GamesBeat: Is anybody shipping something soon with the technology we saw in Siren?
Libreri: Almost everybody that has a digital human character in their game is taking advantage of Siren. All the skin shading work we did that was taken into Siren shipped with 4.20. There’s a bunch of stuff that I probably can’t mention yet. As always, the facial animation and facial modeling experts are making their work better and better. I think you’ll see some pretty exciting stuff over the next 12 months.
GamesBeat: Is that the timeline for when you think this will be getting into the hands of gamers?
Libreri: In terms of gamers, yes. Although there are some pretty—the nice thing is we ship Unreal Engine with the source code. We’re not the only people writing shaders. People have done work themselves with the code. There’s some skin stuff that, as I say, I can’t disclose, but I’ve seen some pretty amazing stuff out there.
GamesBeat: Siren certainly looks hard to do, but is that on the level of modern console technology? Or does it need something like a next-generation console?
Libreri: Obviously it would be better. Right now, when we do the demos, to get them to run at 60 frames per second or at VR frame rates, we end up needing a pretty beefy graphics card to render all the hair. But if you have a character that doesn’t need actual individual splines of hair, you can run that on a modern PlayStation or Xbox. When we start to see a next generation or whatever that is, the uncanny valley is going to be crossed in video games.
It’s going to end up being not about your technical expertise to make these things. That technique will become ubiquitous over time. It’s got to be about telling an awesome story where people will want to watch that face get involved and do interesting things.
GamesBeat: People have said that the thing that seems artificial is the level of interaction that’s capable, not just how it looks.
Libreri: That’s the hardest thing you can think about, the AI. Traditional AI in games is very state-driven systems. As we start to go down the path of being able to 3D analyze more human emotions and animations, there are machine learning capabilities that will start to help act out pretty impressive next-generation AI. That’s something we’ll see over the next five years. We’ve seen a lot of AI in self-driving cars and computer vision, but I think it’s going to absolutely revolutionize animation. The rendering work—I’m not saying that we’re there, but we’re taking big steps.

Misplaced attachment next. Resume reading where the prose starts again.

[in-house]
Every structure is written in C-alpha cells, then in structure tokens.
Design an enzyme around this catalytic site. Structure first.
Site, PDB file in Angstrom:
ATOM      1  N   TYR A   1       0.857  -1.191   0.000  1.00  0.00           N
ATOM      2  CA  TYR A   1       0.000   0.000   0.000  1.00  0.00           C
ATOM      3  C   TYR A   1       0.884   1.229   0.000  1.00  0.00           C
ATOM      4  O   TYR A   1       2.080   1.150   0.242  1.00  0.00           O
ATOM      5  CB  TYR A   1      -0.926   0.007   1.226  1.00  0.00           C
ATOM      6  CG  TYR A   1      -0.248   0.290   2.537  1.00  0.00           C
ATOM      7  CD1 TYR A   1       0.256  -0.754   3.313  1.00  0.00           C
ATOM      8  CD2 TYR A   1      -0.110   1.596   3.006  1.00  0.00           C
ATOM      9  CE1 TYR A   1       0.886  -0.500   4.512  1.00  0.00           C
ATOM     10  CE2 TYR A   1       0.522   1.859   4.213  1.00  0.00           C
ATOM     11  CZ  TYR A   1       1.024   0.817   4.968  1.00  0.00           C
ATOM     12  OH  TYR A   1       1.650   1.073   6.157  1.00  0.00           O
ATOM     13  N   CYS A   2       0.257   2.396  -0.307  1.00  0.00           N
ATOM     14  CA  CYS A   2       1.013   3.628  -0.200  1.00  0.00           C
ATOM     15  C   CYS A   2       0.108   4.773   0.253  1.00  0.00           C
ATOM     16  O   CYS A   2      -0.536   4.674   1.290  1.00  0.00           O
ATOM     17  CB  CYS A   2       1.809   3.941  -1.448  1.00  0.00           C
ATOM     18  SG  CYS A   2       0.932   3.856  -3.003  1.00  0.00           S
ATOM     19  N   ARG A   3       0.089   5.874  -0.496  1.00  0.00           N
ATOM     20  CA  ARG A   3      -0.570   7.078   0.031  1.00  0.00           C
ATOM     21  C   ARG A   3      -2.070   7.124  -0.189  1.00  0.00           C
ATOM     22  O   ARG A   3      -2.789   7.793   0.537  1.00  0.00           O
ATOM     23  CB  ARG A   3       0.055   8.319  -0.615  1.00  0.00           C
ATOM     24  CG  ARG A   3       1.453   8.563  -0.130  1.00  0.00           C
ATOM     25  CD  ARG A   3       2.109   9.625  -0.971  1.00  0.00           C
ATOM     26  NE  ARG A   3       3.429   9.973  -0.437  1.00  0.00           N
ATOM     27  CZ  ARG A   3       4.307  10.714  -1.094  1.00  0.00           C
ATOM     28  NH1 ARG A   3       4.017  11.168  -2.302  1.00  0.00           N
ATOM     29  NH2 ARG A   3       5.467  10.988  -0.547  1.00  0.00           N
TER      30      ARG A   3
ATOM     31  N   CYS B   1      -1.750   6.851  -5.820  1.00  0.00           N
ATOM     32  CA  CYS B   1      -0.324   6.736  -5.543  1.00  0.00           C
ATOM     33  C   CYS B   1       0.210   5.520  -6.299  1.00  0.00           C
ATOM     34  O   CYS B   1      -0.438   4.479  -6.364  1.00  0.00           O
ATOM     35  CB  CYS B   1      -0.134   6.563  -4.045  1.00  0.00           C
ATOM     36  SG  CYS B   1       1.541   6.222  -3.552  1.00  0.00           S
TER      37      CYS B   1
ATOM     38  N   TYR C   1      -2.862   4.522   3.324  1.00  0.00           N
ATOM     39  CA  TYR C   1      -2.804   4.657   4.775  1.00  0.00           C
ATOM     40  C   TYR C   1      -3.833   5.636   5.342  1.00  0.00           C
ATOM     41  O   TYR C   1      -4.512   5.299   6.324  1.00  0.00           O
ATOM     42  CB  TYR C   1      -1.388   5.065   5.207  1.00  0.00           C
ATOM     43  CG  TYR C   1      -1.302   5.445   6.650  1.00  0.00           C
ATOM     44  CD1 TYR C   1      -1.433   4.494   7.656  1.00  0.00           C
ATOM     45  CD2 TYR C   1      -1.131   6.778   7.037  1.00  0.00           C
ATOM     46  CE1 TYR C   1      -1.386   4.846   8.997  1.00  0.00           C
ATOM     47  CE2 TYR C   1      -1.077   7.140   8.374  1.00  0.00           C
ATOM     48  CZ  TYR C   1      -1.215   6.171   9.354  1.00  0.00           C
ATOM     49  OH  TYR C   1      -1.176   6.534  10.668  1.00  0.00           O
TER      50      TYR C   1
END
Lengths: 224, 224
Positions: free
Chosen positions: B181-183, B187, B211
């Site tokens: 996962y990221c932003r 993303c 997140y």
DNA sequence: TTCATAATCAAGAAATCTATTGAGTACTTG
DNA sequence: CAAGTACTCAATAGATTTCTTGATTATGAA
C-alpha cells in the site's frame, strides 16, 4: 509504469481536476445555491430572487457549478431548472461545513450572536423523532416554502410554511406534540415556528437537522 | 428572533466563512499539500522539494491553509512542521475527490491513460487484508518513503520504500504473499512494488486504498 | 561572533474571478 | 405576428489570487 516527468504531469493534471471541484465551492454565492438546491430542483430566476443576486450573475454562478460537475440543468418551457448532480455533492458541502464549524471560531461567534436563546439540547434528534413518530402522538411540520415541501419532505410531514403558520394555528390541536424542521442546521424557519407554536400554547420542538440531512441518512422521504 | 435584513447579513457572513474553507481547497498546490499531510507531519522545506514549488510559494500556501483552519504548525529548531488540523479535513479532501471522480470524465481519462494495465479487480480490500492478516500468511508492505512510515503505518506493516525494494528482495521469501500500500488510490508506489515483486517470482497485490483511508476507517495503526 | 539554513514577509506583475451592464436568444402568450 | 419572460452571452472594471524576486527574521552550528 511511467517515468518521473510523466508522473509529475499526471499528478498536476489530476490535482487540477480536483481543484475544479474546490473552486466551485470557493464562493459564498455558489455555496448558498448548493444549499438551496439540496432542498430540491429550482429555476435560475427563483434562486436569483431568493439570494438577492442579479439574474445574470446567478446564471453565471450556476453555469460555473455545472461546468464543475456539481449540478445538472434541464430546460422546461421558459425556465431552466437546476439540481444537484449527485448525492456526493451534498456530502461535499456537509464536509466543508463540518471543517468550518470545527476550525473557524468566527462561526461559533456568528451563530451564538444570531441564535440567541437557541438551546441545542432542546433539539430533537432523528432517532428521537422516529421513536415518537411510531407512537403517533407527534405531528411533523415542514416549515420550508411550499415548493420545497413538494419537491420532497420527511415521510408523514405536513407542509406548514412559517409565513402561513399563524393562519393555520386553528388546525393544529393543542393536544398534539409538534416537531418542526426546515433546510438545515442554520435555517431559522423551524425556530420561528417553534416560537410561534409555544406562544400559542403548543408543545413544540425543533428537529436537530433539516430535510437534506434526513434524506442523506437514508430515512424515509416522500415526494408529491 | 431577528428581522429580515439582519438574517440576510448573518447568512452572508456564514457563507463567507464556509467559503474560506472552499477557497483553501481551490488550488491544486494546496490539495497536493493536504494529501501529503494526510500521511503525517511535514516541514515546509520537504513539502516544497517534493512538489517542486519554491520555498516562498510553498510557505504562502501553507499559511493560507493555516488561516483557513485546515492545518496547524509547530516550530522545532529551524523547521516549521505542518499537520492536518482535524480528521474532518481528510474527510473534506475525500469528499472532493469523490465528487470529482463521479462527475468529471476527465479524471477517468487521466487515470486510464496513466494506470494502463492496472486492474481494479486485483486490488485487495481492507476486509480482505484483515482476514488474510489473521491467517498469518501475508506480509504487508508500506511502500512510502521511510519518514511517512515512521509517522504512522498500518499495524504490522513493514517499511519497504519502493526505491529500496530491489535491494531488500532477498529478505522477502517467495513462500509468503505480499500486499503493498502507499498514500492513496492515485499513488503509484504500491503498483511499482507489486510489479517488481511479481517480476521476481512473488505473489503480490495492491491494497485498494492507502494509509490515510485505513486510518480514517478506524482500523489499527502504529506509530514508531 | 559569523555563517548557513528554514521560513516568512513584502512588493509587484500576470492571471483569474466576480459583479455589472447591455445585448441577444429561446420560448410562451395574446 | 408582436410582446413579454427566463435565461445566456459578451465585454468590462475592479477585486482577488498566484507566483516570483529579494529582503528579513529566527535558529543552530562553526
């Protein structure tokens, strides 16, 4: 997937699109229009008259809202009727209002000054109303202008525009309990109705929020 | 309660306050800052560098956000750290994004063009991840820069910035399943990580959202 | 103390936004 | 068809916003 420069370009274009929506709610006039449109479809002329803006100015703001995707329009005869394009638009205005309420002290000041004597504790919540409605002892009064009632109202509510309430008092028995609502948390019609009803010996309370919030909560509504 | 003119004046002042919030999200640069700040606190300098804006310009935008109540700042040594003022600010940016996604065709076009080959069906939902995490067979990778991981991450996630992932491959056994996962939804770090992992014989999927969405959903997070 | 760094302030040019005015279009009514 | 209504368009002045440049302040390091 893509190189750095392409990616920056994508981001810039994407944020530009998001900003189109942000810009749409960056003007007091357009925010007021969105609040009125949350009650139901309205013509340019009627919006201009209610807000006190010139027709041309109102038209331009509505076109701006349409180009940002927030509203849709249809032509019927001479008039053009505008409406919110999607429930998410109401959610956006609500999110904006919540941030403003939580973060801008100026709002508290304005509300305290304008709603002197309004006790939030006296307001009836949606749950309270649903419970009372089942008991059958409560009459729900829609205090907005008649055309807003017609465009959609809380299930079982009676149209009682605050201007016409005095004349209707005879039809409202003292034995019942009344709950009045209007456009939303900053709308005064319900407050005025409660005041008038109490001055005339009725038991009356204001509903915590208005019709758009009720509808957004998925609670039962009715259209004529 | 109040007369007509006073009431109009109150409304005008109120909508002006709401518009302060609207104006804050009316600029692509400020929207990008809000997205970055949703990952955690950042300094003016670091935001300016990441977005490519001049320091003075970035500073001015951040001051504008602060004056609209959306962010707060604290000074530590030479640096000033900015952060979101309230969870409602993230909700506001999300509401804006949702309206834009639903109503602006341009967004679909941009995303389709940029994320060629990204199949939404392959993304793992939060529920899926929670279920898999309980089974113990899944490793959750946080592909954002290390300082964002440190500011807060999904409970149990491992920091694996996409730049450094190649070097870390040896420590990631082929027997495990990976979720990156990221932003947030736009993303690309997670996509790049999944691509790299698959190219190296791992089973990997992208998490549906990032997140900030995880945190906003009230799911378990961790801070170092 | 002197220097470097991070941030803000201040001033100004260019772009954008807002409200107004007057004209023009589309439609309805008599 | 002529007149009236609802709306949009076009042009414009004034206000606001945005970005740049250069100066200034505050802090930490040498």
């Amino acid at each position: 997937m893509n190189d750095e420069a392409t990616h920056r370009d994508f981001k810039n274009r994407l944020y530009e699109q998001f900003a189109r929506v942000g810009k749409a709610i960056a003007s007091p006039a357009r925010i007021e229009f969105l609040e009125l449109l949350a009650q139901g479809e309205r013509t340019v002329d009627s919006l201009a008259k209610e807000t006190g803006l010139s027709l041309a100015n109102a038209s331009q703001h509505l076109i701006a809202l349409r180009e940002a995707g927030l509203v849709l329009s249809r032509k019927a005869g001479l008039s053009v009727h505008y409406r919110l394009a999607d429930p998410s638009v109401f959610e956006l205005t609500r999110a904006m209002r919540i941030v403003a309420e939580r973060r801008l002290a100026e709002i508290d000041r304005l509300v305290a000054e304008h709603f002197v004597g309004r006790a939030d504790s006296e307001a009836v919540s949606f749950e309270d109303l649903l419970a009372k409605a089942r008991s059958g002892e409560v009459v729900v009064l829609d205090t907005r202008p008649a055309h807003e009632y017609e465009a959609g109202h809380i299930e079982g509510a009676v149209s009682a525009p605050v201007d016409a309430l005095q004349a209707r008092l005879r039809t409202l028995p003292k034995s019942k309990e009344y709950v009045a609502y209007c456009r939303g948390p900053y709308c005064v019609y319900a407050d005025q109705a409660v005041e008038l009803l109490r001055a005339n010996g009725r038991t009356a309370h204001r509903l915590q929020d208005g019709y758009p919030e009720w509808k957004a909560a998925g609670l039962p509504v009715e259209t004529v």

GamesBeat: Tim was talking about things like blockchain enabling the Metaverse and the like, but is there anything like that integrated into the engine now that you think advances that whole cause of having interconnected virtual worlds?
Libreri: We’re still learning. Having a game that has so many players, it’s led us to think more about how we want to scale the engine beyond 100 players. I wouldn’t say that there’s anything there right now that totally addresses all the problems, but we’re thinking about how we scale up to thousands or millions of players. It’s definitely on Mr. Sweeney’s mind right now.
GamesBeat: Is that something you would translate directly into what you want the product to be the, the engine to be? Here’s the big vision Tim has talked about, and this is what we want the engine to enable?
Libreri: Absolutely, absolutely.
GamesBeat: As far as your platform needs, is this able to work across all the platforms you need?
Libreri: Oh, yes. We have great relationships with all the platform providers. The tech is obviously—I think things are going to be very exciting over the next few years. We’re in this amazing time where computer graphics and computer technology is evolving at a rate where things that seemed impossible are right within your reach.
GamesBeat: Have you signaled to anyone what an Unreal Engine 5 would look like?
Libreri: We’re thinking about what the future brings and whether we need to do major architectural changes. But that’s a conversation where Tim needs to be present.